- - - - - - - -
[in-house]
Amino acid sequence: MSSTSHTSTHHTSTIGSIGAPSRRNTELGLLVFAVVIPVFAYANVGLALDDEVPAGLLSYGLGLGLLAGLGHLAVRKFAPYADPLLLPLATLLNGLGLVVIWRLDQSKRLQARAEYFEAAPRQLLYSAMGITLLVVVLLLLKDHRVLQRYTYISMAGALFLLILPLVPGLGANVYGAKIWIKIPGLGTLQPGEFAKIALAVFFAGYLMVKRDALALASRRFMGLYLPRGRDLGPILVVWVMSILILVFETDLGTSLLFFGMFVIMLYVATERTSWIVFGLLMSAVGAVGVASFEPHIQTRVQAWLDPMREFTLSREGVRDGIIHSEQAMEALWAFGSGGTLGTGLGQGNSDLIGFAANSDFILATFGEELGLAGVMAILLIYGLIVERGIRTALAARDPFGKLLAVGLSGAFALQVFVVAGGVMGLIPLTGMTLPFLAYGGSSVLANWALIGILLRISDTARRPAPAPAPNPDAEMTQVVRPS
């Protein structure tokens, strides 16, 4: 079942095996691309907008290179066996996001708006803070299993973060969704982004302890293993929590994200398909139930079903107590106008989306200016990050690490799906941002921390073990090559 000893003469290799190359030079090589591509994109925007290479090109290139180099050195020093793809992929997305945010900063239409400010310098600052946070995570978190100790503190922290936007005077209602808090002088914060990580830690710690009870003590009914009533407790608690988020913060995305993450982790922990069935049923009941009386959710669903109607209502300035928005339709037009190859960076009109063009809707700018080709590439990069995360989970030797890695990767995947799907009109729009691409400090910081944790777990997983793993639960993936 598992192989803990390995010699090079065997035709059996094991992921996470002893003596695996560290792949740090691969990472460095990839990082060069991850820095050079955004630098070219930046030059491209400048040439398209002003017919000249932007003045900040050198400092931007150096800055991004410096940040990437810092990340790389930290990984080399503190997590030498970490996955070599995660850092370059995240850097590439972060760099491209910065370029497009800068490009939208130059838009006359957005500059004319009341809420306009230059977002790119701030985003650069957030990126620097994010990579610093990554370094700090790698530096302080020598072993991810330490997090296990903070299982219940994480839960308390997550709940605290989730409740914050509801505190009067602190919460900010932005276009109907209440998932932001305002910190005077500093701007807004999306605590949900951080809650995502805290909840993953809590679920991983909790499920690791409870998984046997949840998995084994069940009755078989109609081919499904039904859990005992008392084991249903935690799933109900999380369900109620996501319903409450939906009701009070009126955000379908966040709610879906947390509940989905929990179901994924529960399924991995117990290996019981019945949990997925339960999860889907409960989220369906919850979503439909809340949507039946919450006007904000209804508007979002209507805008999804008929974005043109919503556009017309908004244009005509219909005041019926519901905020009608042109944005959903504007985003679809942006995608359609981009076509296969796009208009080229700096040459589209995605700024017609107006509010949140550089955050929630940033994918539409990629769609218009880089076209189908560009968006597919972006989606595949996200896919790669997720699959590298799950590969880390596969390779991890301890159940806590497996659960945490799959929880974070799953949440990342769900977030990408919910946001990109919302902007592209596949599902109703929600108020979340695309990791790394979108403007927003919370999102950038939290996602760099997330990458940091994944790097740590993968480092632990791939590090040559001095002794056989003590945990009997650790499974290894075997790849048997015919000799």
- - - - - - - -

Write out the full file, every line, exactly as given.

[in-house]
Amino acid sequence: MSSTSHTSTHHTSTIGSIGAPSRRNTELGLLVFAVVIPVFAYANVGLALDDEVPAGLLSYGLGLGLLAGLGHLAVRKFAPYADPLLLPLATLLNGLGLVVIWRLDQSKRLQARAEYFEAAPRQLLYSAMGITLLVVVLLLLKDHRVLQRYTYISMAGALFLLILPLVPGLGANVYGAKIWIKIPGLGTLQPGEFAKIALAVFFAGYLMVKRDALALASRRFMGLYLPRGRDLGPILVVWVMSILILVFETDLGTSLLFFGMFVIMLYVATERTSWIVFGLLMSAVGAVGVASFEPHIQTRVQAWLDPMREFTLSREGVRDGIIHSEQAMEALWAFGSGGTLGTGLGQGNSDLIGFAANSDFILATFGEELGLAGVMAILLIYGLIVERGIRTALAARDPFGKLLAVGLSGAFALQVFVVAGGVMGLIPLTGMTLPFLAYGGSSVLANWALIGILLRISDTARRPAPAPAPNPDAEMTQVVRPS
């Protein structure tokens, strides 16, 4: 079942095996691309907008290179066996996001708006803070299993973060969704982004302890293993929590994200398909139930079903107590106008989306200016990050690490799906941002921390073990090559 000893003469290799190359030079090589591509994109925007290479090109290139180099050195020093793809992929997305945010900063239409400010310098600052946070995570978190100790503190922290936007005077209602808090002088914060990580830690710690009870003590009914009533407790608690988020913060995305993450982790922990069935049923009941009386959710669903109607209502300035928005339709037009190859960076009109063009809707700018080709590439990069995360989970030797890695990767995947799907009109729009691409400090910081944790777990997983793993639960993936 598992192989803990390995010699090079065997035709059996094991992921996470002893003596695996560290792949740090691969990472460095990839990082060069991850820095050079955004630098070219930046030059491209400048040439398209002003017919000249932007003045900040050198400092931007150096800055991004410096940040990437810092990340790389930290990984080399503190997590030498970490996955070599995660850092370059995240850097590439972060760099491209910065370029497009800068490009939208130059838009006359957005500059004319009341809420306009230059977002790119701030985003650069957030990126620097994010990579610093990554370094700090790698530096302080020598072993991810330490997090296990903070299982219940994480839960308390997550709940605290989730409740914050509801505190009067602190919460900010932005276009109907209440998932932001305002910190005077500093701007807004999306605590949900951080809650995502805290909840993953809590679920991983909790499920690791409870998984046997949840998995084994069940009755078989109609081919499904039904859990005992008392084991249903935690799933109900999380369900109620996501319903409450939906009701009070009126955000379908966040709610879906947390509940989905929990179901994924529960399924991995117990290996019981019945949990997925339960999860889907409960989220369906919850979503439909809340949507039946919450006007904000209804508007979002209507805008999804008929974005043109919503556009017309908004244009005509219909005041019926519901905020009608042109944005959903504007985003679809942006995608359609981009076509296969796009208009080229700096040459589209995605700024017609107006509010949140550089955050929630940033994918539409990629769609218009880089076209189908560009968006597919972006989606595949996200896919790669997720699959590298799950590969880390596969390779991890301890159940806590497996659960945490799959929880974070799953949440990342769900977030990408919910946001990109919302902007592209596949599902109703929600108020979340695309990791790394979108403007927003919370999102950038939290996602760099997330990458940091994944790097740590993968480092632990791939590090040559001095002794056989003590945990009997650790499974290894075997790849048997015919000799």